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The “Military Crimes” of Charles Lee
Hardly had the dust settled at Monmouth when a major general was court-martialled for misbehavior in action. And something else was at stake: George Washington’s prestige
April 1968 | Volume 19, Issue 3
First came Brigadier Generals Charles Scott and Anthony Wayne. Scott was a tough, stocky Virginian who had fought as a noncommissioned officer with Washington on the ill-fated Braddock expedition and had distinguished himself at Trenton and Brandywine Creek. He had also headed the list of nine brigadiers who had protested to Congress the promotion of Thomas Conway to major general at the height of the intrigue. Wayne, whose courage in attack would earn him the nickname Mad Anthony, was equally tough and aggressive. Two days after the battle they had written a joint letter to Washington accusing Lee of retreating without warning and leaving them in a perilous position. Their letter had played no small part in bringing on the court-martial.
Scott told of asking Lee for orders as they began the march: “General Lee said he had none.” Crossexamining, Lee asked Scott if Washington’s orders meant that they were to attack the enemy regardless of whether the British were a slight covering party “or whether the greater part of the flower of their troops, as it turned out?” Scott stubbornly insisted, “I understood we were to have attacked the enemy at all events.”
When Wayne testified, Lee asked him the same question and got the same answer. In reply to another question, Wayne went even further than Scott, bluntly declaring that from Washington’s conversation with Lee before the battle it was clear—to Wayne at least —that the Commander in Chief was ready to bring on a general action.
Next came the testimony of Washington’s aides. Lieutenant Colonel Richard K. Meade told how on the morning of June 28 Washington had sent him with a verbal message to Lee ordering him to put his troops in motion, leaving his packs behind, and to bring on an attack as soon as possible. Meade said that Lee had complained bitterly of conflicting intelligence and had protested that he already had sent one unit forward in obedience to an earlier Washington command, and he considered it to be in grave danger. Cross-examining, Lee asked Meade if he thought Washington had wanted to bring on a general action. Meade’s reply was unwaveringly affirmative.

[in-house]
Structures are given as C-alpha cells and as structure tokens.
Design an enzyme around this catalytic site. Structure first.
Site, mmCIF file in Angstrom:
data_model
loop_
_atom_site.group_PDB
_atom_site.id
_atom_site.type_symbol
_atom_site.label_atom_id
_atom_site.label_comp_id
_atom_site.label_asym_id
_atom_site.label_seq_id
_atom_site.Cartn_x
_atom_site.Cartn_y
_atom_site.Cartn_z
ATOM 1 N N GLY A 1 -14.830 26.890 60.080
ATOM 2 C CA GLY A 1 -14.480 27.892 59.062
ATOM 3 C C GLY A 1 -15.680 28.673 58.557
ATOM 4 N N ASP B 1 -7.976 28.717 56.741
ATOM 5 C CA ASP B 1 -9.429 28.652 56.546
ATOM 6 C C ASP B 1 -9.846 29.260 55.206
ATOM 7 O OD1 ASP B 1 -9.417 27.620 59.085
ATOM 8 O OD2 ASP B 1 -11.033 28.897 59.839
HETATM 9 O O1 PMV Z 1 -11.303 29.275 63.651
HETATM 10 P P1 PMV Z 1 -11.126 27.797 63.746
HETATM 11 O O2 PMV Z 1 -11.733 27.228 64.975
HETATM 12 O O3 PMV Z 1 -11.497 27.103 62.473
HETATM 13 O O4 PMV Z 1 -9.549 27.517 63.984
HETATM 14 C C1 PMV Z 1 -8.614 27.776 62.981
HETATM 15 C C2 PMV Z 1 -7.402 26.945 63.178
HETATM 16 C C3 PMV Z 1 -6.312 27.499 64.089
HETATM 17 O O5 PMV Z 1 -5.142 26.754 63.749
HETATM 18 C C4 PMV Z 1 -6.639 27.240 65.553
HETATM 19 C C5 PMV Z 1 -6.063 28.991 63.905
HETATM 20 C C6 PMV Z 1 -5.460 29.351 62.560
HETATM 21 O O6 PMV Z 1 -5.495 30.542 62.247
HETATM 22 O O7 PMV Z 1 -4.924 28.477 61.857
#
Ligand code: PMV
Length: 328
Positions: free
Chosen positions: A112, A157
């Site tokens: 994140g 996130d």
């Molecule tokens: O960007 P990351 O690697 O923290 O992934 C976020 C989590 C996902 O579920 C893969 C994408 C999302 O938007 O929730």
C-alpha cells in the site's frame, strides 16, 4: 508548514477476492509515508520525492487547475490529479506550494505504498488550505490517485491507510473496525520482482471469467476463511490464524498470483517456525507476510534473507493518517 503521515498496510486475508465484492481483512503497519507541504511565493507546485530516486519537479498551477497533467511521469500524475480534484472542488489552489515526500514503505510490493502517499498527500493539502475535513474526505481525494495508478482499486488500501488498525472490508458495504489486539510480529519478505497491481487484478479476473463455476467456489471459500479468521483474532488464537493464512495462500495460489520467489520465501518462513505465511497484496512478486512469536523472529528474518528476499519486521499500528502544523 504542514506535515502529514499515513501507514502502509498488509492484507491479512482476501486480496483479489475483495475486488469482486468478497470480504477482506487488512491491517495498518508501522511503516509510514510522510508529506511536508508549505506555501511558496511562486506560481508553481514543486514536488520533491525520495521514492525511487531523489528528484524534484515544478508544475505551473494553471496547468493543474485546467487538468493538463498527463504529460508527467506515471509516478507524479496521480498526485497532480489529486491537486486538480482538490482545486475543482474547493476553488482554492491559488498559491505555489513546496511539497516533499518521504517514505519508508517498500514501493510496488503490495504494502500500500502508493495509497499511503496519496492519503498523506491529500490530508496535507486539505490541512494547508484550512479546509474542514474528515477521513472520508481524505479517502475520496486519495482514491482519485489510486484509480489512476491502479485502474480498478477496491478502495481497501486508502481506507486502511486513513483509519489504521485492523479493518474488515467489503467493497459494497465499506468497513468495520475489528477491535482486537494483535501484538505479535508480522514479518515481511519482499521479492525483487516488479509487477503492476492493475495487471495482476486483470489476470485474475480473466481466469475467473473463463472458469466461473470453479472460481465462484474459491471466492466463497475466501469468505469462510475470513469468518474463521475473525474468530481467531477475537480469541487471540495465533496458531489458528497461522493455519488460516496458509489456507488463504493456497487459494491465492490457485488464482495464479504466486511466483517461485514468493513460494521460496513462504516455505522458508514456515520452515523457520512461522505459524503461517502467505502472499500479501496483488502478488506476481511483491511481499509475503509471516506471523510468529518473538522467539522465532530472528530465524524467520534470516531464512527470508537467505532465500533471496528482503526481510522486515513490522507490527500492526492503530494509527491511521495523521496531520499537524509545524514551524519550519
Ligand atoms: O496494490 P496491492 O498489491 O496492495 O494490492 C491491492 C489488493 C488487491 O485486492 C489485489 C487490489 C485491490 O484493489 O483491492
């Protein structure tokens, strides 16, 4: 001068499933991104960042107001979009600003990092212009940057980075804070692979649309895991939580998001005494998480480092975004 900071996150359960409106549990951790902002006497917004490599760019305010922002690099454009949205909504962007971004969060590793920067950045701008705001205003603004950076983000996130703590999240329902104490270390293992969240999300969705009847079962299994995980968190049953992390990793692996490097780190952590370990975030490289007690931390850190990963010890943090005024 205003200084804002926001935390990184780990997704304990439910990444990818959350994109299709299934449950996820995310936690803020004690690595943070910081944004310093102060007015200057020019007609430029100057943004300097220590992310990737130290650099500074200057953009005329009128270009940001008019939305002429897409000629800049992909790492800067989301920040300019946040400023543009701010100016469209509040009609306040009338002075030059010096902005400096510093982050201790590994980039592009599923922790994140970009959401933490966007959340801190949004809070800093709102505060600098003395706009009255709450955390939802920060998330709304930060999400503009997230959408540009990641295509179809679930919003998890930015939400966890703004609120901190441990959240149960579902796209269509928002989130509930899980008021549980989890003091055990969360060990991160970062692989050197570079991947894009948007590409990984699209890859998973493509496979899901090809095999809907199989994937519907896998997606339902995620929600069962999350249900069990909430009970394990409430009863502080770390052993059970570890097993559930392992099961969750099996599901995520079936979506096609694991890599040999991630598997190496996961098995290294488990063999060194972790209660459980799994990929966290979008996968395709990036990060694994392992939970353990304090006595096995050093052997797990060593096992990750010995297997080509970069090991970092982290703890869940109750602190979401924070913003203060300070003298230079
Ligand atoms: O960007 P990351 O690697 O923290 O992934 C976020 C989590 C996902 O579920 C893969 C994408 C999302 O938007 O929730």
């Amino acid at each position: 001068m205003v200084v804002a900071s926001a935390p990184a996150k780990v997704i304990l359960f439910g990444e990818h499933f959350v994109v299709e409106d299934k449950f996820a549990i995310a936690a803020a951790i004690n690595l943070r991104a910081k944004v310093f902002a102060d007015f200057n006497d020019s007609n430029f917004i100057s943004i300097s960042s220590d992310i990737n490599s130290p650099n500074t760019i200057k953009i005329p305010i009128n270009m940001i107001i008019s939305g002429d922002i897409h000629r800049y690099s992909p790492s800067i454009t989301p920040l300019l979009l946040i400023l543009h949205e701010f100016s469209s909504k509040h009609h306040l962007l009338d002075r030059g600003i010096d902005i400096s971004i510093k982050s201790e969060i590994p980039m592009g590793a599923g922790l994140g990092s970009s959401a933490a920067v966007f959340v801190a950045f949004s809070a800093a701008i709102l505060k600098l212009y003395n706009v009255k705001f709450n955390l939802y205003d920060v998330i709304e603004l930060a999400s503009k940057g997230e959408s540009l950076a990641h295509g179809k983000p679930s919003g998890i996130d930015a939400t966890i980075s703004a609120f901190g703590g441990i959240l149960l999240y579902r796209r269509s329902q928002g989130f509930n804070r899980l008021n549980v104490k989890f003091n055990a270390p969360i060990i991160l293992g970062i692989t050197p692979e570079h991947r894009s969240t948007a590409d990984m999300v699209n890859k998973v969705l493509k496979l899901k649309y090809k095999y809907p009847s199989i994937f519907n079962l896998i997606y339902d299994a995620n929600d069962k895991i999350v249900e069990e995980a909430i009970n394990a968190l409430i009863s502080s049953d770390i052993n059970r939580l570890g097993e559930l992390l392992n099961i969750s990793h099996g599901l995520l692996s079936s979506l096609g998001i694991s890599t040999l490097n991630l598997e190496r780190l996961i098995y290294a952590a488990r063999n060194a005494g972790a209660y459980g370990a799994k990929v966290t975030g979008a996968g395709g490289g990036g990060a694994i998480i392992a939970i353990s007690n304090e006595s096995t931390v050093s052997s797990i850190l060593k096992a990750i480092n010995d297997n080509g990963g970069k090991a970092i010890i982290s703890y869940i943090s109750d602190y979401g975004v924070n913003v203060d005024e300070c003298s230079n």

A man now testified who, Lee sensed, was one of his genuine enemies: brash, twenty-three-year-old Alexander Hamilton. He instinctively disliked Lee and had no sympathy whatsoever for his ideas about a people’s war. Immediately after the battle, Hamilton had written to Congressman Elias Boudinot of New Jersey that “the finest opportunity America ever possessed [has] been fooled away by a man in whom she has placed a large share of the most ill-judged confidence … I mean General Lee. This man is either a driveler in the business of soldiership or something much worse.”
Hamilton backed up Scott, Wayne, and Meade, declaring his conviction that “General Washington’s intention was fully to have the enemy attacked on their march, and that the circumstances must be very extraordinary and unforeseen, which, consistent with his wish, could justify the not doing it.”
“Did you, either by letter to me, or in conversation with me, communicate this idea of General Washington’s intention as fully and clearly as you have done it to the Court?” Lee asked.
“I do not recollect that I ever did,” Hamilton admitted.
Next came the Marquis de Lafayette, about Hamilton’s age, wearing the epaulets of a major general. The boyish, sandy-haired French nobleman had been in the United States for thirteen months by this time and had acquired fluent English and a son’s adoration for George Washington. He too had played a leading role in defeating the Conway Cabal, but unlike Hamilton, he did not see Lee as a similar threat to Washington’s authority. His testimony was reluctant and more than a little vague. He described having marched out with Lee that morning “as a volunteer.” Under orders from a Lee aide, he led part of the American column in an attempt to strike the British left flank. Some of his troops having come under fire of British artillery, he began organizing them to charge the battery; then he looked behind him and saw the rest of Lee’s force retreating. So instead of attacking, he fell back too and found Lee near Monmouth village, ordering “that the troops should take post farther back.” No sooner had they formed than Lee was told that the enemy was attacking his left flank, and he ordered another retreat. “While this was doing,” Lafayette testified, “General Washington arrived.”
Judge Advocate Laurance now asked Lafayette a blunt question. “Did the troops under the command of General Lee, to your knowledge, make any attack on the enemy the 28th of June?”
“I cannot say that I saw them make any attack on the enemy,” Lafayette replied.
Lee promptly asked: “If any attack had been made … were you in a position [to] have seen it?”
“No,” Lafayette admitted. He also admitted that early in the day, as they maneuvered to cut off what they hoped was the enemy rear guard, Lee had said: “My dear Marquis, I think those people are ours.”
Lee then asked him a question that he was to repeat again and again. “Did you observe in my voice, manner, appearance, air or countenance, that I was in the least disconcerted, or whether, on the contrary, I was not tranquil and cheerful?”
“It seemed to me by your voice and features,” Lafayette said, somewhat ambiguously, “you were then as you are in general.”